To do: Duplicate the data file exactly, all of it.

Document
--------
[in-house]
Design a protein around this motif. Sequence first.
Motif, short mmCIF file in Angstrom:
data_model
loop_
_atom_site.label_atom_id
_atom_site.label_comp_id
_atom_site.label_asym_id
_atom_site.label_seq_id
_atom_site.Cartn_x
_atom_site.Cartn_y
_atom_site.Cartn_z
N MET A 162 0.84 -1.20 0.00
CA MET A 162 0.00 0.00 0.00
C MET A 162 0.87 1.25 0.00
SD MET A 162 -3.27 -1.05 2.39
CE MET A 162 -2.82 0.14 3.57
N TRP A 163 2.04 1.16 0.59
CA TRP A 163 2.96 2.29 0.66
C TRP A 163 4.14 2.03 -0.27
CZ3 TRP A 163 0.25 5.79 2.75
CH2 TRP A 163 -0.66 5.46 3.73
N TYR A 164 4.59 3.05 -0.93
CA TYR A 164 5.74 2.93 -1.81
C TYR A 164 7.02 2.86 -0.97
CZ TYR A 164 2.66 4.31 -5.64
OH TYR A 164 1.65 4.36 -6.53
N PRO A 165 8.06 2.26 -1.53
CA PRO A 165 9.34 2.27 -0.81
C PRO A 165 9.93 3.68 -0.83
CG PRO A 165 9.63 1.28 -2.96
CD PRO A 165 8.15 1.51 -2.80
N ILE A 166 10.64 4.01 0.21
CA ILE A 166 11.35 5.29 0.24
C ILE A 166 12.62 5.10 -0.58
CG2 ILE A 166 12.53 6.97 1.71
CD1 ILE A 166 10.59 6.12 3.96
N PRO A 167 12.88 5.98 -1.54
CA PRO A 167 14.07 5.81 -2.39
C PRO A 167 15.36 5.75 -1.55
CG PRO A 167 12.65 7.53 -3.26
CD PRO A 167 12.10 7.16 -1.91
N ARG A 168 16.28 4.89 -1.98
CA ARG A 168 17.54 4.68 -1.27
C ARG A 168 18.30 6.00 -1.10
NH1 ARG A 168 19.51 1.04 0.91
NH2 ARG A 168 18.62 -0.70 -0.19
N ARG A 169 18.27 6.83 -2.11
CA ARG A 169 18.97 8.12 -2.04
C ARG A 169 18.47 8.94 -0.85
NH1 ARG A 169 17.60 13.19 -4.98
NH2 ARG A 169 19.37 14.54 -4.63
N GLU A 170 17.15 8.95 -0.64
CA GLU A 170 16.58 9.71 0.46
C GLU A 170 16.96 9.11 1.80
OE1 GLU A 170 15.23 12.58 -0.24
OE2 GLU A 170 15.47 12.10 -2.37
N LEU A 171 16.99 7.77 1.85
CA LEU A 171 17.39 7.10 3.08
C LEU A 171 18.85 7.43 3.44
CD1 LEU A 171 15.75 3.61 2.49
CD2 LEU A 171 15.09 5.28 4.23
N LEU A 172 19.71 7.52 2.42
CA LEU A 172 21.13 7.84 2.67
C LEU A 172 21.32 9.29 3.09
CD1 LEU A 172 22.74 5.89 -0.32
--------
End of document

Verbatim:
[in-house]
Design a protein around this motif. Sequence first.
Motif, short mmCIF file in Angstrom:
data_model
loop_
_atom_site.label_atom_id
_atom_site.label_comp_id
_atom_site.label_asym_id
_atom_site.label_seq_id
_atom_site.Cartn_x
_atom_site.Cartn_y
_atom_site.Cartn_z
N MET A 162 0.84 -1.20 0.00
CA MET A 162 0.00 0.00 0.00
C MET A 162 0.87 1.25 0.00
SD MET A 162 -3.27 -1.05 2.39
CE MET A 162 -2.82 0.14 3.57
N TRP A 163 2.04 1.16 0.59
CA TRP A 163 2.96 2.29 0.66
C TRP A 163 4.14 2.03 -0.27
CZ3 TRP A 163 0.25 5.79 2.75
CH2 TRP A 163 -0.66 5.46 3.73
N TYR A 164 4.59 3.05 -0.93
CA TYR A 164 5.74 2.93 -1.81
C TYR A 164 7.02 2.86 -0.97
CZ TYR A 164 2.66 4.31 -5.64
OH TYR A 164 1.65 4.36 -6.53
N PRO A 165 8.06 2.26 -1.53
CA PRO A 165 9.34 2.27 -0.81
C PRO A 165 9.93 3.68 -0.83
CG PRO A 165 9.63 1.28 -2.96
CD PRO A 165 8.15 1.51 -2.80
N ILE A 166 10.64 4.01 0.21
CA ILE A 166 11.35 5.29 0.24
C ILE A 166 12.62 5.10 -0.58
CG2 ILE A 166 12.53 6.97 1.71
CD1 ILE A 166 10.59 6.12 3.96
N PRO A 167 12.88 5.98 -1.54
CA PRO A 167 14.07 5.81 -2.39
C PRO A 167 15.36 5.75 -1.55
CG PRO A 167 12.65 7.53 -3.26
CD PRO A 167 12.10 7.16 -1.91
N ARG A 168 16.28 4.89 -1.98
CA ARG A 168 17.54 4.68 -1.27
C ARG A 168 18.30 6.00 -1.10
NH1 ARG A 168 19.51 1.04 0.91
NH2 ARG A 168 18.62 -0.70 -0.19
N ARG A 169 18.27 6.83 -2.11
CA ARG A 169 18.97 8.12 -2.04
C ARG A 169 18.47 8.94 -0.85
NH1 ARG A 169 17.60 13.19 -4.98
NH2 ARG A 169 19.37 14.54 -4.63
N GLU A 170 17.15 8.95 -0.64
CA GLU A 170 16.58 9.71 0.46
C GLU A 170 16.96 9.11 1.80
OE1 GLU A 170 15.23 12.58 -0.24
OE2 GLU A 170 15.47 12.10 -2.37
N LEU A 171 16.99 7.77 1.85
CA LEU A 171 17.39 7.10 3.08
C LEU A 171 18.85 7.43 3.44
CD1 LEU A 171 15.75 3.61 2.49
CD2 LEU A 171 15.09 5.28 4.23
N LEU A 172 19.71 7.52 2.42
CA LEU A 172 21.13 7.84 2.67
C LEU A 172 21.32 9.29 3.09
CD1 LEU A 172 22.74 5.89 -0.32